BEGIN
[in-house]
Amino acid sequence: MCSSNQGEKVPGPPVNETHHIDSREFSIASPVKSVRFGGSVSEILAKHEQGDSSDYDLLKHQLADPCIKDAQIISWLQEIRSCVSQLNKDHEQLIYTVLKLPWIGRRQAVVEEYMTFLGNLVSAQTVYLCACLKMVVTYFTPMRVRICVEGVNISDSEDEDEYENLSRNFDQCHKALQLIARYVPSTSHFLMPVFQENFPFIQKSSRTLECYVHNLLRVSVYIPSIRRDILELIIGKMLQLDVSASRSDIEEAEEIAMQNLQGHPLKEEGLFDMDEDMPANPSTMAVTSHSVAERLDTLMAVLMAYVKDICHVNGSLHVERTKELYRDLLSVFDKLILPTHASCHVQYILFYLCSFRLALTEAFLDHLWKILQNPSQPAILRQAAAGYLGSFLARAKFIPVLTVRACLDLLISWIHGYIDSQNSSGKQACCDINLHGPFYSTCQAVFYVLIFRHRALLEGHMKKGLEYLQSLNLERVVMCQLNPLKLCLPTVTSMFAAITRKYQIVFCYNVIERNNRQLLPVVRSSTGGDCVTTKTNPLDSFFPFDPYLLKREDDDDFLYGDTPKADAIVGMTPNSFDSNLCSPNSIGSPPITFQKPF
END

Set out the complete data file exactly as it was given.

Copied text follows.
[in-house]
Amino acid sequence: MCSSNQGEKVPGPPVNETHHIDSREFSIASPVKSVRFGGSVSEILAKHEQGDSSDYDLLKHQLADPCIKDAQIISWLQEIRSCVSQLNKDHEQLIYTVLKLPWIGRRQAVVEEYMTFLGNLVSAQTVYLCACLKMVVTYFTPMRVRICVEGVNISDSEDEDEYENLSRNFDQCHKALQLIARYVPSTSHFLMPVFQENFPFIQKSSRTLECYVHNLLRVSVYIPSIRRDILELIIGKMLQLDVSASRSDIEEAEEIAMQNLQGHPLKEEGLFDMDEDMPANPSTMAVTSHSVAERLDTLMAVLMAYVKDICHVNGSLHVERTKELYRDLLSVFDKLILPTHASCHVQYILFYLCSFRLALTEAFLDHLWKILQNPSQPAILRQAAAGYLGSFLARAKFIPVLTVRACLDLLISWIHGYIDSQNSSGKQACCDINLHGPFYSTCQAVFYVLIFRHRALLEGHMKKGLEYLQSLNLERVVMCQLNPLKLCLPTVTSMFAAITRKYQIVFCYNVIERNNRQLLPVVRSSTGGDCVTTKTNPLDSFFPFDPYLLKREDDDDFLYGDTPKADAIVGMTPNSFDSNLCSPNSIGSPPITFQKPF